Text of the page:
Sunday, 18 October 2015

Vlad the Programmer: radio from the other side of the Iron Curtain, then and now

Ever caught up with people you used to work with? Laughed about the old days? Bet you didn't have days like these. 

Twenty two years ago, I was in SofiaBulgaria training a young radio guy in Selector, then the leading - pretty much the only - music scheduling software for radio. Pertinently, we also spent a lot of time on Western radio programming styles.

Vladimir Daynov is a big wheel in Bulgarian radio these days. Back then, he was the head of music at the fledgling FM Plus; I'd been sent out there by the then GWR group. Typically for the time, GWR had moved into Europe as the UK market matured. 

Eastern European radio was not exactly regulated; after the Iron Curtain fell, expectations were wildly optimisticNow, it's a lot closer to the Western model. That may or not be a good thing, depending on your point of view. We'll come back to that, Vladimir and me. We've been swapping notes for weeks... 

The Wild Wild East

I bowled up to FM Plus with a suitcase of blagged promo CDs. I was only slightly vague about where my new station was: thanks, UK record biz. Vladimir fell on the goodies like a hungry wolf. Up until then, they'd been taping stuff off MTV. And that was just the start. 

FM Plus was on the 12th floor of an old soviet-style office block. There was a communal canteen in the basement; you exchanged paper slips for your mains, coffee and pudding at different windows. Older members of staff absolutely loved it. Because of the exchange rate, and the fact that I was on English money for the job, I was extraordinarily wealthy out there. I could buy coffees all round for less than a couple of quid; sadly, the staff could not afford to reciprocate. The Bulgarian leva dropped by 25% or so the week I got there; that made the disparity even greater.

That wasn't all. The programming office, alarmingly, housed the transmitter, in a Faraday cage. From there, lines ran out through the wall and up the stairwell to the rooftop transmitter tower. Health and Safety? Pah. The station never revealed its location. Had they, rivals would have taken an axe to their stairwell cabling.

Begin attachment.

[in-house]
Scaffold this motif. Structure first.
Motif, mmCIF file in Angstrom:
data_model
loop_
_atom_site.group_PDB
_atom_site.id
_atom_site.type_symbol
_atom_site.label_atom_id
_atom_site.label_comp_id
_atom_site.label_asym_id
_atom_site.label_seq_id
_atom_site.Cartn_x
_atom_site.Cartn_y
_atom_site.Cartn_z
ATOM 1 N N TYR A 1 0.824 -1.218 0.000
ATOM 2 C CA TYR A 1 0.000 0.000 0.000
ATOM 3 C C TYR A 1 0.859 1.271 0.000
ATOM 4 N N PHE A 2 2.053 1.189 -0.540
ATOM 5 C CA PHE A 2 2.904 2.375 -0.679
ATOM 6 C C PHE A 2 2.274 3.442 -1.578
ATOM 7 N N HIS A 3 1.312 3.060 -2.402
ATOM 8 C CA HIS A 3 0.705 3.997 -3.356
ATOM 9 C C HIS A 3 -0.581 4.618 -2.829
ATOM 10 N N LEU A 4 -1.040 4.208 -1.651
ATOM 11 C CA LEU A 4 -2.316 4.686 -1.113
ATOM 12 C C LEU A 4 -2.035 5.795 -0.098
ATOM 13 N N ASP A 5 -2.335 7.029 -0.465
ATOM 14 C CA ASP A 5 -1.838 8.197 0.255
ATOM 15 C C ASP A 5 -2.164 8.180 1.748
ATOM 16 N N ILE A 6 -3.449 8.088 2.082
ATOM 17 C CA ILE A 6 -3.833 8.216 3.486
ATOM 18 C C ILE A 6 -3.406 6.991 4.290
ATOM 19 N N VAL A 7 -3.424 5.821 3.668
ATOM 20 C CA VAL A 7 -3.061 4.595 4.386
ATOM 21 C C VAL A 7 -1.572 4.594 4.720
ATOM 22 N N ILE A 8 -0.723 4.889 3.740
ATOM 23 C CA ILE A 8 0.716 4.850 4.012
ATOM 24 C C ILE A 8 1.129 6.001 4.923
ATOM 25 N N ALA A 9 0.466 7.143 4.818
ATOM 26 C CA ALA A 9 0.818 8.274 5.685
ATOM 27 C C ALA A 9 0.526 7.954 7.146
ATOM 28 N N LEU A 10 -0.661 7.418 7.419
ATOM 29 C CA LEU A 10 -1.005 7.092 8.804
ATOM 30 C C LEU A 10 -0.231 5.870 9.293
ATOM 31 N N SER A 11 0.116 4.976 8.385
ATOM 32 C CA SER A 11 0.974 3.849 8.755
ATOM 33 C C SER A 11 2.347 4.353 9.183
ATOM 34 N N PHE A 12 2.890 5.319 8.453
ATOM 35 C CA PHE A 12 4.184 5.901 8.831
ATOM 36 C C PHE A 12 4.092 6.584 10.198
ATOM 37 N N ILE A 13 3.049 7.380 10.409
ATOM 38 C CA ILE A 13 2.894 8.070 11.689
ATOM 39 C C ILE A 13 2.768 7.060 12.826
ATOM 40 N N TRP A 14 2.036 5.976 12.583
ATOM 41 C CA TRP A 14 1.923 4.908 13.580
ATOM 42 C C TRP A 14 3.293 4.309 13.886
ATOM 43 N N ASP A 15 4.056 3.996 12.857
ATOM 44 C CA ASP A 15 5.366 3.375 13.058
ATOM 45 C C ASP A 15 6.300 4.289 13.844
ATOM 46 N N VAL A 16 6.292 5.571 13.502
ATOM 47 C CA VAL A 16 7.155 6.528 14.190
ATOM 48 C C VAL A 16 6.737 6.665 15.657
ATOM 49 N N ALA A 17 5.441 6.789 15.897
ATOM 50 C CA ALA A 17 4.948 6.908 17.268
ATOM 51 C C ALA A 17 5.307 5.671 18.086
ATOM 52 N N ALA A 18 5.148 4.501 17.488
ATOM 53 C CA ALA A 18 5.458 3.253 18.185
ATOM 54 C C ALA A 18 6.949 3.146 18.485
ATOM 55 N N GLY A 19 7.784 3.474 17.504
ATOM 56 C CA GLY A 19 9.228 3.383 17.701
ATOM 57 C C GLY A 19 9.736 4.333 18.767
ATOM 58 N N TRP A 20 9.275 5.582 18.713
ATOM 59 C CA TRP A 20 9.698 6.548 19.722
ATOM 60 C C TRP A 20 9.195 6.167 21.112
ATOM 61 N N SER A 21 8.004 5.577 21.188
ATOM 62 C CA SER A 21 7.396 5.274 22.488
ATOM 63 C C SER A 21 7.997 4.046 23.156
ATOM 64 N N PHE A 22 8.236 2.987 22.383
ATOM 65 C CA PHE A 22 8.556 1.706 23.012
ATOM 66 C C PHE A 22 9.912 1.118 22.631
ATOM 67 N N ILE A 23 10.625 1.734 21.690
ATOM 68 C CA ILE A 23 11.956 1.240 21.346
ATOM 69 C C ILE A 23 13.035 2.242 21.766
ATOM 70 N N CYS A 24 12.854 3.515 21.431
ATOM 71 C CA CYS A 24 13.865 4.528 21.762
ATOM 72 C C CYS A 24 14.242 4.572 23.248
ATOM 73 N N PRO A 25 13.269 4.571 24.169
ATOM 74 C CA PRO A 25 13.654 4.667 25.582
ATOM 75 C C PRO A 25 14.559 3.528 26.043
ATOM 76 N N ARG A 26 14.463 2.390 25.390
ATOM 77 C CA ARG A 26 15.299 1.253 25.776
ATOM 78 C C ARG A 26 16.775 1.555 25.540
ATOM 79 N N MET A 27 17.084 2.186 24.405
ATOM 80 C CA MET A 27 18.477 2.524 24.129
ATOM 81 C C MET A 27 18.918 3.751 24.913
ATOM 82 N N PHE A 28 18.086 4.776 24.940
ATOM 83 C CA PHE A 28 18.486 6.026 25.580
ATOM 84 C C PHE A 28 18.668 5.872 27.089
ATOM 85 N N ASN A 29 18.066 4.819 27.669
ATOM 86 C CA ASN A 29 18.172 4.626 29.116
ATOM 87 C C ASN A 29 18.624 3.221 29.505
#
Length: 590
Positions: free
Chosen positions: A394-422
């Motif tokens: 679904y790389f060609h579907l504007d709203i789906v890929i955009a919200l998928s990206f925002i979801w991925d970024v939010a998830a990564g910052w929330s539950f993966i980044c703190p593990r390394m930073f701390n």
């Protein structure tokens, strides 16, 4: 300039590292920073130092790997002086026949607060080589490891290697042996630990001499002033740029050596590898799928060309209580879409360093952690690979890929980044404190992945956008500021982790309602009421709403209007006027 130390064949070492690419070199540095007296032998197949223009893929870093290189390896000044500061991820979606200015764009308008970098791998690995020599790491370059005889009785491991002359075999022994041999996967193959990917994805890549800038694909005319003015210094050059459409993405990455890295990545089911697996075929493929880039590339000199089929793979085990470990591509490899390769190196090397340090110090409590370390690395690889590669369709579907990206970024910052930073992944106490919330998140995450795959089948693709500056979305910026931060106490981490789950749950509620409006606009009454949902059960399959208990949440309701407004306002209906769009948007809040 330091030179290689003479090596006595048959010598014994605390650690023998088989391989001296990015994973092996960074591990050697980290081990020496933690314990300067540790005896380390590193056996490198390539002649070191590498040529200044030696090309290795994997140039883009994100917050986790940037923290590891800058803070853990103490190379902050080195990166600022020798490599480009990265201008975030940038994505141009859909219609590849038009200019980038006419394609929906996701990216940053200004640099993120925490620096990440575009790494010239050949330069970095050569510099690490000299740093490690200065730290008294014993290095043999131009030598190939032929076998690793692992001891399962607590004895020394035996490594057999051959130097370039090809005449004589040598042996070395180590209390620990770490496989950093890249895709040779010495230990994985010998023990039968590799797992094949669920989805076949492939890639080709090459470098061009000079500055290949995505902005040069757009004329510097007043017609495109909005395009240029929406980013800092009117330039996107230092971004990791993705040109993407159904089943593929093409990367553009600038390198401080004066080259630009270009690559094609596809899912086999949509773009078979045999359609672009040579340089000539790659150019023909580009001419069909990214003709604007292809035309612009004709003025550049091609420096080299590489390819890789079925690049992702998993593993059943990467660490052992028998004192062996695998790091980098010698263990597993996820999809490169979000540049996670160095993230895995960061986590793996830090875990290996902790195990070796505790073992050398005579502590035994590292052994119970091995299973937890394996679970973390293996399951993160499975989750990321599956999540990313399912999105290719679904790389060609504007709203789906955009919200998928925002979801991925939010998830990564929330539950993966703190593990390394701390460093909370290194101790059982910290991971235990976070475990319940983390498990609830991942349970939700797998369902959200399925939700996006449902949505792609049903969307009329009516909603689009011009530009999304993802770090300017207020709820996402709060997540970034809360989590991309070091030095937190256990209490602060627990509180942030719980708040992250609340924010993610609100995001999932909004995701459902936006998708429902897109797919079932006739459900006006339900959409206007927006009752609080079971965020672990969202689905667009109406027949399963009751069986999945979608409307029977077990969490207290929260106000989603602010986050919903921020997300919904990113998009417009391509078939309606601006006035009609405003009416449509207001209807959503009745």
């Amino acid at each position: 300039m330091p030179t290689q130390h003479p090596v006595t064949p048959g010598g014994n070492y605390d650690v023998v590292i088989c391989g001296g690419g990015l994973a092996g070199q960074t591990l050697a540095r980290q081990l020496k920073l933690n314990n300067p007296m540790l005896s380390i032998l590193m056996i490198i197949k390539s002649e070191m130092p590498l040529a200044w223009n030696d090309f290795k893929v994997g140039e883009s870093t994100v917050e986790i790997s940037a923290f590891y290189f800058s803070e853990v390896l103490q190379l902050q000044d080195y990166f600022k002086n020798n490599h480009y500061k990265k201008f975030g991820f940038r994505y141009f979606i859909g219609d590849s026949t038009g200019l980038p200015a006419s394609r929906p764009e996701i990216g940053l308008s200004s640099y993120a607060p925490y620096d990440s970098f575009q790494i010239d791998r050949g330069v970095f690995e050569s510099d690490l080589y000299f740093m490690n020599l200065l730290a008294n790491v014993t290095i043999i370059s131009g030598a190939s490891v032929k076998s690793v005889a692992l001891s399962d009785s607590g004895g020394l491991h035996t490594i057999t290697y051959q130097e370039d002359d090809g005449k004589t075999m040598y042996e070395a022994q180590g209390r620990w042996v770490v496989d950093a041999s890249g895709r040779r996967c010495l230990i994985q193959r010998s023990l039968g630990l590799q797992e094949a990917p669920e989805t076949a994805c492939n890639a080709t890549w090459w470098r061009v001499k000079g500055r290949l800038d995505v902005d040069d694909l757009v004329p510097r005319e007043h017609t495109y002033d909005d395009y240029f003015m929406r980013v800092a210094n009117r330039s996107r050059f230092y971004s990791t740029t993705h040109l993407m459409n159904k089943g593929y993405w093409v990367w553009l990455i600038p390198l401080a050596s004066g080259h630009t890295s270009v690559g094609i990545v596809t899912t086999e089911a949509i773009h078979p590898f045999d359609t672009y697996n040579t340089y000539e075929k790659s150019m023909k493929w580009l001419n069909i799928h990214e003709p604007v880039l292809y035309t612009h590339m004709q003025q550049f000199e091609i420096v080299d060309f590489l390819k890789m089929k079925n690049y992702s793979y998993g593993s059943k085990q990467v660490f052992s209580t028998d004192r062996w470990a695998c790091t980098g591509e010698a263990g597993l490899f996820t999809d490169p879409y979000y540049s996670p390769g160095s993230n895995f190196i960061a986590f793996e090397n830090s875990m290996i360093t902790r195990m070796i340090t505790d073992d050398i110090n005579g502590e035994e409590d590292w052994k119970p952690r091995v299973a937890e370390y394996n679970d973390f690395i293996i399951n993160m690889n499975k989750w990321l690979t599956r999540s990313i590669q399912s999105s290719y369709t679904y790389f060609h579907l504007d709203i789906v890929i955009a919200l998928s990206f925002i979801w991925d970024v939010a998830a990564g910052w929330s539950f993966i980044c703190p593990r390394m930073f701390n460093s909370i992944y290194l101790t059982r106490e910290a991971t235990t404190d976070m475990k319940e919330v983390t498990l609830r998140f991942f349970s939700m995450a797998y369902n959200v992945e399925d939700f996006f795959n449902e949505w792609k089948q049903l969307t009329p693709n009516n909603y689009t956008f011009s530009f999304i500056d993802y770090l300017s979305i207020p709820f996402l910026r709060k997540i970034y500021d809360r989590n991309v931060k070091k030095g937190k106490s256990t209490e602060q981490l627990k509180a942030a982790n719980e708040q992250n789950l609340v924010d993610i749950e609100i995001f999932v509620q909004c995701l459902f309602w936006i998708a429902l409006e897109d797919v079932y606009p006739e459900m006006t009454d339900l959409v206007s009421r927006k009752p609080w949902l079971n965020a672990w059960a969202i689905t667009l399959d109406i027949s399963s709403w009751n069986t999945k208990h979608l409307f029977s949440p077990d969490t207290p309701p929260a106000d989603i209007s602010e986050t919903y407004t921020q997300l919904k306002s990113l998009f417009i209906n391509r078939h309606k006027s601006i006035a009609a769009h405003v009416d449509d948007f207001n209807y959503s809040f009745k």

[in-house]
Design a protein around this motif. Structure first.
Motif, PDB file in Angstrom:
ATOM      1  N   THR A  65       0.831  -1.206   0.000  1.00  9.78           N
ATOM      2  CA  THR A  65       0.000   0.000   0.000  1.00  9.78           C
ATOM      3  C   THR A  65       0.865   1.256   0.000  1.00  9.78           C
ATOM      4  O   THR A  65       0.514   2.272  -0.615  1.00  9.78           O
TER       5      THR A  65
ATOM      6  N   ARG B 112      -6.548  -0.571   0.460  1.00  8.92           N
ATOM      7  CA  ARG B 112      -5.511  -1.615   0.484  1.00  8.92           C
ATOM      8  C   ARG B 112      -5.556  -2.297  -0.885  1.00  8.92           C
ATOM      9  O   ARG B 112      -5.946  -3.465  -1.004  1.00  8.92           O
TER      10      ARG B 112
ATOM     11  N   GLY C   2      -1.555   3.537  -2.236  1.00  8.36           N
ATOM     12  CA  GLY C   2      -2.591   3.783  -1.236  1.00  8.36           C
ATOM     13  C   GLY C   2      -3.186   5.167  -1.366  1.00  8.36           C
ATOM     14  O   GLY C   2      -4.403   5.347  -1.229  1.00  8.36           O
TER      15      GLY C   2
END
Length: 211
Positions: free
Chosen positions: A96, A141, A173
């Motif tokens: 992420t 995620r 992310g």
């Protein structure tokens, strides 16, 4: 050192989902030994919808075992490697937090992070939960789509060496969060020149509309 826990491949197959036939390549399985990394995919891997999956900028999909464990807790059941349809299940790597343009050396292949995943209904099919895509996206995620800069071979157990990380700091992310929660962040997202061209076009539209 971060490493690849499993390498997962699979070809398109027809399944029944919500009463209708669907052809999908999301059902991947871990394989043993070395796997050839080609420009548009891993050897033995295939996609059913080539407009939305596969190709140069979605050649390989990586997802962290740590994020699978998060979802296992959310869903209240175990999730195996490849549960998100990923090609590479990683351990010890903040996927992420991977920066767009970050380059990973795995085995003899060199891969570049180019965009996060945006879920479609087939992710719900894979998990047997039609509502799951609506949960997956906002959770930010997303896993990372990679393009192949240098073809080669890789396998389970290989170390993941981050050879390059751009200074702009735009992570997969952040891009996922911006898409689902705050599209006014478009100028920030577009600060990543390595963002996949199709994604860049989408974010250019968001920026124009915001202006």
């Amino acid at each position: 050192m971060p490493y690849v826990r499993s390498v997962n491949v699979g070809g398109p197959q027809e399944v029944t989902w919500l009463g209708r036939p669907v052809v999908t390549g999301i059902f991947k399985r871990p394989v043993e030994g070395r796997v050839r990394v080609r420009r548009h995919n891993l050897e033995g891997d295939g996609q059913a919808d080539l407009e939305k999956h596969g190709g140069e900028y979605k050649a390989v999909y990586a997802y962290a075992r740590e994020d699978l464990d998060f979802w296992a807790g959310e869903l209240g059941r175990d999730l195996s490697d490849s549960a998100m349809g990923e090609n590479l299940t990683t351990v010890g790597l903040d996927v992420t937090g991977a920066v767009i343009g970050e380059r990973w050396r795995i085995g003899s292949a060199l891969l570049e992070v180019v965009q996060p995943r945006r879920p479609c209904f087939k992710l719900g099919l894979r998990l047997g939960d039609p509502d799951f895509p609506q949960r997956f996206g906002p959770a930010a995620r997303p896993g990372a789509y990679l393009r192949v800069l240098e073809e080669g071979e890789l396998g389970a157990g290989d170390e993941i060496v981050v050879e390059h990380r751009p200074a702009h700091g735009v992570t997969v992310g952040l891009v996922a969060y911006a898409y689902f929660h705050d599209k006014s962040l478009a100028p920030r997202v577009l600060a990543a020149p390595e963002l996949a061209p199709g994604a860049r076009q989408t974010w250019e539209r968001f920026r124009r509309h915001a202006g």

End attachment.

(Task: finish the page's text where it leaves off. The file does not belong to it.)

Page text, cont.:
Vladimir, when I came over to Bulgaria to work with you at FM Plus, it was a little bit like the Wild West! The Iron curtain had just come down, and you were all gagging for Western goodies. How long did that last?
Well, considering that was in 1993, just a few years after we abandoned the old system, and were technically bankrupt, it did take a while to settle down. I would say by the early years of the millennium we were set on the route to EU membership. We joined in 2007.

A misguided rush to invest? 

Lots of Western European companies had decided to invest in Eastern European broadcasters as the East opened up. I don't think it was entirely successful. How did it look to you at the time?
At the time it was the only, absolutely necessary step to get the essential know-how, and “jump” ahead not by years, but by decades. In the years after we first met, apart from British companies, companies from Germany, US and Ireland invested in Bulgaria. The market exploded after 2001, when a huge number of new licenses was awarded. That came to an end with the crisis in 2009. After that all foreign investors left, apart from one – the Irish Communicorp. I work for them.

So, in a nutshell, for the people within the industry it was indispensable. As for the companies from Europe and the US - it was successful for quite a long time but it all ended in 2009-2010.